Audit reveals questionable practices related to KLEFPF funds

09/29/2016 06:11 PM

FRANKFORT — State Auditor Mike Harmon says that his audit of the Department of Criminal Justice Training and the Kentucky Law Enforcement Foundation Program Fund released Thursday shows excessive and unnecessary spending of funds as well as questionable contracts with Eastern Kentucky University that circumvented state law.

KLEFPF was established by law in 1972 to strengthen law enforcement across Kentucky by attracting and retaining competent, highly qualified people to the field for the purpose of providing maximum protection and safety to the commonwealth.

Harmon, who announced the audit’s findings on Thursday, says that his agency found multiple management issues at the Department of Criminal Justice Training and questionable spending of KLEFPF dollars.

KLEFPF is funded through a 1.8 percent surcharge on property and casualty insurance policies issued in Kentucky, which are supposed to pay for training and incentive payments for law enforcement officers.

One of Harmon’s findings showed that while the surcharge on insurance policies rose from 1.5 percent to 1.8 percent in 2010, there was no increase in the incentive pay to law enforcement officers.

“In spite of that, there was no change in incentive payments until the 2016 legislative session,” Harmon said. “We also found no analysis or documentation to support the need for maintaining the 1.8 percent surcharge to cover necessary KLEFPF expenses.”

Harmon also highlighted the utilization of a $1.6 million personnel contract with EKU which, he says, allowed the Department of Criminal Justice to sidestep state procurement laws and regulations.

“This personnel contract allowed DOCJT employees, hired through EKU, to be paid higher salary and benefits than state employees in similar positions,” Harmon said.

Harmon also expressed concerns about the use of a contract between DOCJT and EKU that allowed the department to sidestep state procurement laws and regulations in making purchases.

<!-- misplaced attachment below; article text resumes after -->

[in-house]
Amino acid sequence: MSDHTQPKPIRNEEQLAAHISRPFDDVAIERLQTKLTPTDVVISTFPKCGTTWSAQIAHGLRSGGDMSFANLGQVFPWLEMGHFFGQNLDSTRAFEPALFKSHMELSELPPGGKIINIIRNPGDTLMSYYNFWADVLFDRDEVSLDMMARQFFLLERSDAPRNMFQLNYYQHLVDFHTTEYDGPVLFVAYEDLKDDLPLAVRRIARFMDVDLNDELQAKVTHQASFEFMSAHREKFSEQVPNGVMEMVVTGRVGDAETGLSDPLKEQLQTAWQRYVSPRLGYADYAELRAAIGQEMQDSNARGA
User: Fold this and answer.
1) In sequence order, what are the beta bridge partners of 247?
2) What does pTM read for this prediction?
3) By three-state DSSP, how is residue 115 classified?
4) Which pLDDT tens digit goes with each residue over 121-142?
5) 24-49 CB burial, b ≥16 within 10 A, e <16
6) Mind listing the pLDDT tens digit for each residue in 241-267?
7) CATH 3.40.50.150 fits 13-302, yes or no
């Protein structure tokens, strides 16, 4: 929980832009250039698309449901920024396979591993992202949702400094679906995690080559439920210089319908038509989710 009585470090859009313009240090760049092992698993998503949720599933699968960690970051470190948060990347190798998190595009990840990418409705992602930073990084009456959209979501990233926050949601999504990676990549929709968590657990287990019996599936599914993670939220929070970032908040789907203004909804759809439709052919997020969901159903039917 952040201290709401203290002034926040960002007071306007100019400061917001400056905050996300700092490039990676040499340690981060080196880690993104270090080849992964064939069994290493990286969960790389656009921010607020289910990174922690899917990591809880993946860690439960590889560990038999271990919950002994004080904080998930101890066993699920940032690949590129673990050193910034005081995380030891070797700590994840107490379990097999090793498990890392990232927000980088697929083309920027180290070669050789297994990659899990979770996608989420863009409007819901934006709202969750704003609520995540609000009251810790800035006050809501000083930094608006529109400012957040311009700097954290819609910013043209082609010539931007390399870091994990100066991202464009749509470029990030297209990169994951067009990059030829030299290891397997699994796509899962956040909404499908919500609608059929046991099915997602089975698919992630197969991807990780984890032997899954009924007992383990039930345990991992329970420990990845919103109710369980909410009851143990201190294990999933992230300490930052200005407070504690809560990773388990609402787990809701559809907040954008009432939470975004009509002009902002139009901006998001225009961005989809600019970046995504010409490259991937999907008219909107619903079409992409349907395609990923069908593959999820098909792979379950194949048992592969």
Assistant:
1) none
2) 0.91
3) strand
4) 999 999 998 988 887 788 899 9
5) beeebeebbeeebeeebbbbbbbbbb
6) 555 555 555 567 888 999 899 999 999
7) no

“We discovered that DOCJT was utilizing contracts with EKU that allowed them to circumvent a variety of state procurement and employment laws,” Harmon said. “Both contracts state they are needed for exigent circumstances, but in practice, the contracts were clearly used for routine purchases and regular employees.”

Other findings included excessive spending of more than $500,000 per year on staff to publish the departments quarterly magazine, expenditures for items not permitted by state policies and unrelated to the mission of KLEFPF, excessive travel costs and confusion on ownership and maintenance responsibilities of the Department of Criminal Justice Training buildings on EKU’s campus due to a lack of any written lease agreement between the department and the university.

Justice and Public Safety Cabinet Secretary John Tilley, who along with Rep. Denny Butler, R-Louisville, requested the audit, expressed that he was deeply frustrated and disappointed with the prior leadership of DOCJ and warned that the culture of mismanagement and misconduct is unacceptable and won’t be tolerated under his watch.

Tilley outlined several changes which he has instituted, including hiring procedures.

DOCJT is working with EKU to review its hiring agreement and begin moving employees into the state merit system,” Tilley said. “Included in this effort is an overhaul of the hiring process to ensure integrity and transparency.”

Butler, who has mentioned the DOCJT spending practices and the lack of response from the previous administration when he continuously requested an audit of the spending practices as key reasons that he switched party affiliation, said that he felt vindicated with the results of the audit.

“The money, for the first time in 15 years, is going for what it is meant for,” Butler said. “If we’re collecting money on the backs of policemen and raising that tax and they don’t get an incentive from it, it looks like we’re balancing the budget on the backs of policemen and we’re not supporting our law enforcement when we say we do.”

House Minority Leader Jeff Hoover, R-Jamestown, issued a statement applauding Butler for pressing for an investigation as well as calling out members of Butler’s former party.

“On the heels of our continued fight with opposition within Democrat leadership, it’s my hope that Rep. Butler’s leadership on this issue will transcend to other branches of government and bring much-needed transparency,” Hoover said.

“Kentuckians deserve to know how every element of their government functions, and they deserve leadership that demands accountability across the board.”


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